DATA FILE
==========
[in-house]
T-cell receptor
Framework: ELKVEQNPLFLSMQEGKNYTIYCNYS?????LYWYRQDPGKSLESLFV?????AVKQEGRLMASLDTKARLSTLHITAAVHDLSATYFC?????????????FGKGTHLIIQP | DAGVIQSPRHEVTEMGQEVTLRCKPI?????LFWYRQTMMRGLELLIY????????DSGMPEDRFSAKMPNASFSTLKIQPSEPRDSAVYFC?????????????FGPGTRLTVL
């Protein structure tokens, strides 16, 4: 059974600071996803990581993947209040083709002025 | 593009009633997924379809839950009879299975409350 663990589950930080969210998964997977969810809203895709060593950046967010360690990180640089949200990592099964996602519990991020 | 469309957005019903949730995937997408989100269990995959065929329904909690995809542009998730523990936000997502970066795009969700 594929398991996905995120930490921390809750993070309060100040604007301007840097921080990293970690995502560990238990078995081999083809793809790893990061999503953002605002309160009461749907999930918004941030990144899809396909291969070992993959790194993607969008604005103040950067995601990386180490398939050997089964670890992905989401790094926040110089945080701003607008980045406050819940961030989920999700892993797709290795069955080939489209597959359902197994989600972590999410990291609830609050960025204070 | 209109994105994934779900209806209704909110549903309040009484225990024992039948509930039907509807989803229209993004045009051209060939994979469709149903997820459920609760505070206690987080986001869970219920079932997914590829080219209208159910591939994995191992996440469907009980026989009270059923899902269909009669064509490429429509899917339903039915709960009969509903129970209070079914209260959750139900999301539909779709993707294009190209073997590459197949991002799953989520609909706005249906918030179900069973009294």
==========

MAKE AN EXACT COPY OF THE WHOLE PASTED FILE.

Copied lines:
[in-house]
T-cell receptor
Framework: ELKVEQNPLFLSMQEGKNYTIYCNYS?????LYWYRQDPGKSLESLFV?????AVKQEGRLMASLDTKARLSTLHITAAVHDLSATYFC?????????????FGKGTHLIIQP | DAGVIQSPRHEVTEMGQEVTLRCKPI?????LFWYRQTMMRGLELLIY????????DSGMPEDRFSAKMPNASFSTLKIQPSEPRDSAVYFC?????????????FGPGTRLTVL
């Protein structure tokens, strides 16, 4: 059974600071996803990581993947209040083709002025 | 593009009633997924379809839950009879299975409350 663990589950930080969210998964997977969810809203895709060593950046967010360690990180640089949200990592099964996602519990991020 | 469309957005019903949730995937997408989100269990995959065929329904909690995809542009998730523990936000997502970066795009969700 594929398991996905995120930490921390809750993070309060100040604007301007840097921080990293970690995502560990238990078995081999083809793809790893990061999503953002605002309160009461749907999930918004941030990144899809396909291969070992993959790194993607969008604005103040950067995601990386180490398939050997089964670890992905989401790094926040110089945080701003607008980045406050819940961030989920999700892993797709290795069955080939489209597959359902197994989600972590999410990291609830609050960025204070 | 209109994105994934779900209806209704909110549903309040009484225990024992039948509930039907509807989803229209993004045009051209060939994979469709149903997820459920609760505070206690987080986001869970219920079932997914590829080219209208159910591939994995191992996440469907009980026989009270059923899902269909009669064509490429429509899917339903039915709960009969509903129970209070079914209260959750139900999301539909779709993707294009190209073997590459197949991002799953989520609909706005249906918030179900069973009294």